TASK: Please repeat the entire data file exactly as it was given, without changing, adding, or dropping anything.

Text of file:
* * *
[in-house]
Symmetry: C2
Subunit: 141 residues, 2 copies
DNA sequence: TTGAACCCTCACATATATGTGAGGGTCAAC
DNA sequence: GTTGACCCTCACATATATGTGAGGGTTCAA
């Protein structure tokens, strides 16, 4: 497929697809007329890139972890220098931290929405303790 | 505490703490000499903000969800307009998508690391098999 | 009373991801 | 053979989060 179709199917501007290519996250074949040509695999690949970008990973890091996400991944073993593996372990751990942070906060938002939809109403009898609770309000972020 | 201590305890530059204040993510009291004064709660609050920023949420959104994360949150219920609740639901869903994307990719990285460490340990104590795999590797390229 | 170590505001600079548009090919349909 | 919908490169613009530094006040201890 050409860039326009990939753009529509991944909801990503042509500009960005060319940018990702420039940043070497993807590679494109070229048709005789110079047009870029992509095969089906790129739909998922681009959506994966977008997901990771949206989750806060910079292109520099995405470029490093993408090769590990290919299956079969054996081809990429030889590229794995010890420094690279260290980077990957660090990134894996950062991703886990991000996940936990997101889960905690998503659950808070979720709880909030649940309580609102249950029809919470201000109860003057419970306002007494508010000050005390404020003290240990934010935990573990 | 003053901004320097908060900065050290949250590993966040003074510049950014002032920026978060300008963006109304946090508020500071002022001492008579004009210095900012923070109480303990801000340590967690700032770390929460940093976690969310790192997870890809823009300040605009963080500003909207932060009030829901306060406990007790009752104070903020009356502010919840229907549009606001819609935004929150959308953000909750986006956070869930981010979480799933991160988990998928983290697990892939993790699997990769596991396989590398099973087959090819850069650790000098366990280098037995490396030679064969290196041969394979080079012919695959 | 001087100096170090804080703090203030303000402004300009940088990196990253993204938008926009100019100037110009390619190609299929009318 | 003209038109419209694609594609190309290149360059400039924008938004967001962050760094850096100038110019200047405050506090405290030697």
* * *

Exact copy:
[in-house]
Symmetry: C2
Subunit: 141 residues, 2 copies
DNA sequence: TTGAACCCTCACATATATGTGAGGGTCAAC
DNA sequence: GTTGACCCTCACATATATGTGAGGGTTCAA
């Protein structure tokens, strides 16, 4: 497929697809007329890139972890220098931290929405303790 | 505490703490000499903000969800307009998508690391098999 | 009373991801 | 053979989060 179709199917501007290519996250074949040509695999690949970008990973890091996400991944073993593996372990751990942070906060938002939809109403009898609770309000972020 | 201590305890530059204040993510009291004064709660609050920023949420959104994360949150219920609740639901869903994307990719990285460490340990104590795999590797390229 | 170590505001600079548009090919349909 | 919908490169613009530094006040201890 050409860039326009990939753009529509991944909801990503042509500009960005060319940018990702420039940043070497993807590679494109070229048709005789110079047009870029992509095969089906790129739909998922681009959506994966977008997901990771949206989750806060910079292109520099995405470029490093993408090769590990290919299956079969054996081809990429030889590229794995010890420094690279260290980077990957660090990134894996950062991703886990991000996940936990997101889960905690998503659950808070979720709880909030649940309580609102249950029809919470201000109860003057419970306002007494508010000050005390404020003290240990934010935990573990 | 003053901004320097908060900065050290949250590993966040003074510049950014002032920026978060300008963006109304946090508020500071002022001492008579004009210095900012923070109480303990801000340590967690700032770390929460940093976690969310790192997870890809823009300040605009963080500003909207932060009030829901306060406990007790009752104070903020009356502010919840229907549009606001819609935004929150959308953000909750986006956070869930981010979480799933991160988990998928983290697990892939993790699997990769596991396989590398099973087959090819850069650790000098366990280098037995490396030679064969290196041969394979080079012919695959 | 001087100096170090804080703090203030303000402004300009940088990196990253993204938008926009100019100037110009390619190609299929009318 | 003209038109419209694609594609190309290149360059400039924008938004967001962050760094850096100038110019200047405050506090405290030697």